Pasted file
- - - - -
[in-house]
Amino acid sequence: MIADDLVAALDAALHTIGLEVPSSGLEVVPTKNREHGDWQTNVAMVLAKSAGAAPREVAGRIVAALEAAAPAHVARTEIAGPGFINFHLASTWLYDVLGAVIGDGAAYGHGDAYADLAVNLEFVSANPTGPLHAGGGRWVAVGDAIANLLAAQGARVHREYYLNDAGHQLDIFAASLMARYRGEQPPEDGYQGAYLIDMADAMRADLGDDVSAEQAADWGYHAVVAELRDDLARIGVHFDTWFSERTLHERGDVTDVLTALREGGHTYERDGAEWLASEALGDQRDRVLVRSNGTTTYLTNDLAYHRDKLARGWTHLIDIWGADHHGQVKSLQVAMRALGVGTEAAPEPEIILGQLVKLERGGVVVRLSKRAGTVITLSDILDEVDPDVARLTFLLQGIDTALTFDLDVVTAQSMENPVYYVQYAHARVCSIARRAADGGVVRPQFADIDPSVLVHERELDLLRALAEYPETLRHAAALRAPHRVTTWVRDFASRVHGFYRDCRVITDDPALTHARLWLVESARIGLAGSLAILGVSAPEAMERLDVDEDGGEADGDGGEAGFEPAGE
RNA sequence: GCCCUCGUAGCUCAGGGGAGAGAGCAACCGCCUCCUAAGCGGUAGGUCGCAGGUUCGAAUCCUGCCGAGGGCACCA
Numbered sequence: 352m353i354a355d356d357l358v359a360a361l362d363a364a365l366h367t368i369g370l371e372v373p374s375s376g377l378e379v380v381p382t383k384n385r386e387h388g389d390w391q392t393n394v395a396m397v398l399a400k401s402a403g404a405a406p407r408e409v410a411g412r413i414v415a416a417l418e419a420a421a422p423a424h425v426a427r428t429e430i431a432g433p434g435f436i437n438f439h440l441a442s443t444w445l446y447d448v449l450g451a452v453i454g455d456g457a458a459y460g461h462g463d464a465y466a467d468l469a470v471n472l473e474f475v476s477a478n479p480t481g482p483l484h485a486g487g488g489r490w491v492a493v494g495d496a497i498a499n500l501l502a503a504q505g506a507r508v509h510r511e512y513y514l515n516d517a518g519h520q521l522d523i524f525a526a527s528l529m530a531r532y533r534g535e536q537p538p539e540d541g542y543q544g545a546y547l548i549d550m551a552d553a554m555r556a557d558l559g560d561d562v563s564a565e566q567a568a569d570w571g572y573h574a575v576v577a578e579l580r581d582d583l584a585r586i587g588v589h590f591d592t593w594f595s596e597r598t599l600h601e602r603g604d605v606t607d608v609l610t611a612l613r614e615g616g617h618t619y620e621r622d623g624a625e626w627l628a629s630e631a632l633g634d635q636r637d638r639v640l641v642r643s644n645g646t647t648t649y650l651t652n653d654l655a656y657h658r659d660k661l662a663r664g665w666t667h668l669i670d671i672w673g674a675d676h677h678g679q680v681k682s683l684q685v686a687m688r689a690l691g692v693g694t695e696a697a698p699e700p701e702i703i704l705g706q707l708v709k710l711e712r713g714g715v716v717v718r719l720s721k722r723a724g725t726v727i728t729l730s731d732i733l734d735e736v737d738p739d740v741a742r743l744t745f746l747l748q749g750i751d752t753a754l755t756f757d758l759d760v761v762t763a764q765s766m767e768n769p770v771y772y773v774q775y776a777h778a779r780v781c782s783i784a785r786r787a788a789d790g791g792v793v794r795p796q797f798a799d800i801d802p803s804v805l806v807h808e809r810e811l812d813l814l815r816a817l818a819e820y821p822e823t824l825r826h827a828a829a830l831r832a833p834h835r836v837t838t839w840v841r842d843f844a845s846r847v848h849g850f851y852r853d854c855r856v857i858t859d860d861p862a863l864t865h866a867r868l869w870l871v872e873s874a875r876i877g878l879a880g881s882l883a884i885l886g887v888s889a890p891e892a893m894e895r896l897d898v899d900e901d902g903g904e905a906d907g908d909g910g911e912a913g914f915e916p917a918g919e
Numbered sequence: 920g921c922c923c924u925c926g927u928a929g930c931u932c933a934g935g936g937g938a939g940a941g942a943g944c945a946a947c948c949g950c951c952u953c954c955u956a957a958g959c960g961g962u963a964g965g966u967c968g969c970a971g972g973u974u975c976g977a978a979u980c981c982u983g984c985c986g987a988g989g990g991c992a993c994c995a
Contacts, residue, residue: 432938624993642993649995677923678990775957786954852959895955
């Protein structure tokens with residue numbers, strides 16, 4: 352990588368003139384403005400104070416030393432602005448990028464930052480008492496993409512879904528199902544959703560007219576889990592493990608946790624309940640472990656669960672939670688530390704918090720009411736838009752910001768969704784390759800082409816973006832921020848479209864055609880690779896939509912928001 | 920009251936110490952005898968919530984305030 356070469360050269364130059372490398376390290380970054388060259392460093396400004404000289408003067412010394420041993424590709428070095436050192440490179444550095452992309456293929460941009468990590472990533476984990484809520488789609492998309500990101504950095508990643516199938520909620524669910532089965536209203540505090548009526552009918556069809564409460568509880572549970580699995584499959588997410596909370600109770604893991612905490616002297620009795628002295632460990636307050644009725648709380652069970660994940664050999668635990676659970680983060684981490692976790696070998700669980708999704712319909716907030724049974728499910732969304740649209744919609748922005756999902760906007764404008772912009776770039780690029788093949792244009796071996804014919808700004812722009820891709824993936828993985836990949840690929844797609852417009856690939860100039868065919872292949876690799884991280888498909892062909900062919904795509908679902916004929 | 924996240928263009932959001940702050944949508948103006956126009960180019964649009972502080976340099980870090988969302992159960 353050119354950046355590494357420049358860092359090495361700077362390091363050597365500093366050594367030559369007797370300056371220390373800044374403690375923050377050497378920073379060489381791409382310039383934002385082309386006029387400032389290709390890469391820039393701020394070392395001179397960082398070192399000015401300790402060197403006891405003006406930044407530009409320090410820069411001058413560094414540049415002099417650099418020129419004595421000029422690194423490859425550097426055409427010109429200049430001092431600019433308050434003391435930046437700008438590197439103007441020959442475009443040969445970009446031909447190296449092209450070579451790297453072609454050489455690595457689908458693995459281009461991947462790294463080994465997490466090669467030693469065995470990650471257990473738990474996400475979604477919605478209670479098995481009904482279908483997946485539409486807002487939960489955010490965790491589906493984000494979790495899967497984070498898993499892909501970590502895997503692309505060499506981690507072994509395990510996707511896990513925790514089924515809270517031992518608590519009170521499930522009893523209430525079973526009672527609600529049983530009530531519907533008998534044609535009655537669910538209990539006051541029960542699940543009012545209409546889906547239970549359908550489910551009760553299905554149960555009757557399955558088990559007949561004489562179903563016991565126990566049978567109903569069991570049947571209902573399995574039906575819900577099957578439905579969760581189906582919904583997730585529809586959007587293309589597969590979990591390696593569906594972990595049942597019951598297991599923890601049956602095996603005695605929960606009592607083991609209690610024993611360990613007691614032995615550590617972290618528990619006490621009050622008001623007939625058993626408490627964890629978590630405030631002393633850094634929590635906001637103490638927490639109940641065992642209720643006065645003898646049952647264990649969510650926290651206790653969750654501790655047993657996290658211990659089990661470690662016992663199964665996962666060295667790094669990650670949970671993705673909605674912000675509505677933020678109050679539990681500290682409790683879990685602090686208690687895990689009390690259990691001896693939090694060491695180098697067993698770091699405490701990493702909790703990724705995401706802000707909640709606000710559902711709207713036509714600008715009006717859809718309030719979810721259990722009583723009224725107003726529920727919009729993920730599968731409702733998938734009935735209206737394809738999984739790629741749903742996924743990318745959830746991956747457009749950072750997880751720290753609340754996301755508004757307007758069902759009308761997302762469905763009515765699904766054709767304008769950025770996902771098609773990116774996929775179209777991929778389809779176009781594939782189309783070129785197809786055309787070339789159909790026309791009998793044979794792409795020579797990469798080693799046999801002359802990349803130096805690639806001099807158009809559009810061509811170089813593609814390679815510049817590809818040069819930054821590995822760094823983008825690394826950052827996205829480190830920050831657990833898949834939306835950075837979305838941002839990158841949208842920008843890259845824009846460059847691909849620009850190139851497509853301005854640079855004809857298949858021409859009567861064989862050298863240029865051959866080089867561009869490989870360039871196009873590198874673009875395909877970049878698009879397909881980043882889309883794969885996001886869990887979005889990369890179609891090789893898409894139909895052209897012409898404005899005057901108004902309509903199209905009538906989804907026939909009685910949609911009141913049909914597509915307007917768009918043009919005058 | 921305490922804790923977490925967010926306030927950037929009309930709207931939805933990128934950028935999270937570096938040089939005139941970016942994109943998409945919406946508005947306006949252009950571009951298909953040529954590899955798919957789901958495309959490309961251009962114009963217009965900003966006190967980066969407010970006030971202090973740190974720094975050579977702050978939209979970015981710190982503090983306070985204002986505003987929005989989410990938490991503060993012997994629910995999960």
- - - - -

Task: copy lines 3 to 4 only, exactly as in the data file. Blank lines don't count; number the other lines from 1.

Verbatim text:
RNA sequence: GCCCUCGUAGCUCAGGGGAGAGAGCAACCGCCUCCUAAGCGGUAGGUCGCAGGUUCGAAUCCUGCCGAGGGCACCA
Numbered sequence: 352m353i354a355d356d357l358v359a360a361l362d363a364a365l366h367t368i369g370l371e372v373p374s375s376g377l378e379v380v381p382t383k384n385r386e387h388g389d390w391q392t393n394v395a396m397v398l399a400k401s402a403g404a405a406p407r408e409v410a411g412r413i414v415a416a417l418e419a420a421a422p423a424h425v426a427r428t429e430i431a432g433p434g435f436i437n438f439h440l441a442s443t444w445l446y447d448v449l450g451a452v453i454g455d456g457a458a459y460g461h462g463d464a465y466a467d468l469a470v471n472l473e474f475v476s477a478n479p480t481g482p483l484h485a486g487g488g489r490w491v492a493v494g495d496a497i498a499n500l501l502a503a504q505g506a507r508v509h510r511e512y513y514l515n516d517a518g519h520q521l522d523i524f525a526a527s528l529m530a531r532y533r534g535e536q537p538p539e540d541g542y543q544g545a546y547l548i549d550m551a552d553a554m555r556a557d558l559g560d561d562v563s564a565e566q567a568a569d570w571g572y573h574a575v576v577a578e579l580r581d582d583l584a585r586i587g588v589h590f591d592t593w594f595s596e597r598t599l600h601e602r603g604d605v606t607d608v609l610t611a612l613r614e615g616g617h618t619y620e621r622d623g624a625e626w627l628a629s630e631a632l633g634d635q636r637d638r639v640l641v642r643s644n645g646t647t648t649y650l651t652n653d654l655a656y657h658r659d660k661l662a663r664g665w666t667h668l669i670d671i672w673g674a675d676h677h678g679q680v681k682s683l684q685v686a687m688r689a690l691g692v693g694t695e696a697a698p699e700p701e702i703i704l705g706q707l708v709k710l711e712r713g714g715v716v717v718r719l720s721k722r723a724g725t726v727i728t729l730s731d732i733l734d735e736v737d738p739d740v741a742r743l744t745f746l747l748q749g750i751d752t753a754l755t756f757d758l759d760v761v762t763a764q765s766m767e768n769p770v771y772y773v774q775y776a777h778a779r780v781c782s783i784a785r786r787a788a789d790g791g792v793v794r795p796q797f798a799d800i801d802p803s804v805l806v807h808e809r810e811l812d813l814l815r816a817l818a819e820y821p822e823t824l825r826h827a828a829a830l831r832a833p834h835r836v837t838t839w840v841r842d843f844a845s846r847v848h849g850f851y852r853d854c855r856v857i858t859d860d861p862a863l864t865h866a867r868l869w870l871v872e873s874a875r876i877g878l879a880g881s882l883a884i885l886g887v888s889a890p891e892a893m894e895r896l897d898v899d900e901d902g903g904e905a906d907g908d909g910g911e912a913g914f915e916p917a918g919e